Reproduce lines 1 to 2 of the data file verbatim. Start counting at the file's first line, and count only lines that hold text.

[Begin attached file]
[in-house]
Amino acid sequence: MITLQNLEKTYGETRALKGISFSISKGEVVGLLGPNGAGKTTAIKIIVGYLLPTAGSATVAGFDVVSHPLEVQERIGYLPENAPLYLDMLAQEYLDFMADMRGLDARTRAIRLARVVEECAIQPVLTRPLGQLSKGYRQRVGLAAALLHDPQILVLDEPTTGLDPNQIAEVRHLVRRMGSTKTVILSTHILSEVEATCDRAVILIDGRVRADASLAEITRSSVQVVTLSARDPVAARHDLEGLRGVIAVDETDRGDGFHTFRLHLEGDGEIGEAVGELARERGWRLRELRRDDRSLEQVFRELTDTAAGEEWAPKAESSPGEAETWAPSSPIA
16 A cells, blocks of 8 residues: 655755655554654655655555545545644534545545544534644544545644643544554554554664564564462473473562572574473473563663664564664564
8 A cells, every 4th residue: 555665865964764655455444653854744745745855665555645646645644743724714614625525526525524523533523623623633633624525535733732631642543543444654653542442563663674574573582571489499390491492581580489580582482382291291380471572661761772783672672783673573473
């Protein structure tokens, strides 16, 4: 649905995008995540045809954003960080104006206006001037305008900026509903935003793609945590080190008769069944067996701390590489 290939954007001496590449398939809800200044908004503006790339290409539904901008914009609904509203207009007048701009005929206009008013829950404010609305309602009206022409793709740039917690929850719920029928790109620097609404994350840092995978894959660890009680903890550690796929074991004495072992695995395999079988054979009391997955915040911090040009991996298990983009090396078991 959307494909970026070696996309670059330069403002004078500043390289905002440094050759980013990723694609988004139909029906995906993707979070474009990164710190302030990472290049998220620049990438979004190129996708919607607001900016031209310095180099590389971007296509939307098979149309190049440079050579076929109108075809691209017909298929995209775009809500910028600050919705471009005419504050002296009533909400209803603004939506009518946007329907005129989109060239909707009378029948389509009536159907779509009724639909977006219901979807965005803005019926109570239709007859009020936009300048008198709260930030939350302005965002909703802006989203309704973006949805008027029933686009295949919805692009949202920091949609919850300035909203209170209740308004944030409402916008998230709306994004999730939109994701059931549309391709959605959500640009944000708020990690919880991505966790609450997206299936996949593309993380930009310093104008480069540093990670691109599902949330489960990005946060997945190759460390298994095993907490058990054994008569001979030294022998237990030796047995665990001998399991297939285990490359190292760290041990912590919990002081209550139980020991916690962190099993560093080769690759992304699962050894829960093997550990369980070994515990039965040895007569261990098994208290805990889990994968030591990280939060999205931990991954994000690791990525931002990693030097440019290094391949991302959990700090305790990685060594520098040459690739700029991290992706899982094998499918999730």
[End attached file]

[in-house]
Amino acid sequence: MITLQNLEKTYGETRALKGISFSISKGEVVGLLGPNGAGKTTAIKIIVGYLLPTAGSATVAGFDVVSHPLEVQERIGYLPENAPLYLDMLAQEYLDFMADMRGLDARTRAIRLARVVEECAIQPVLTRPLGQLSKGYRQRVGLAAALLHDPQILVLDEPTTGLDPNQIAEVRHLVRRMGSTKTVILSTHILSEVEATCDRAVILIDGRVRADASLAEITRSSVQVVTLSARDPVAARHDLEGLRGVIAVDETDRGDGFHTFRLHLEGDGEIGEAVGELARERGWRLRELRRDDRSLEQVFRELTDTAAGEEWAPKAESSPGEAETWAPSSPIA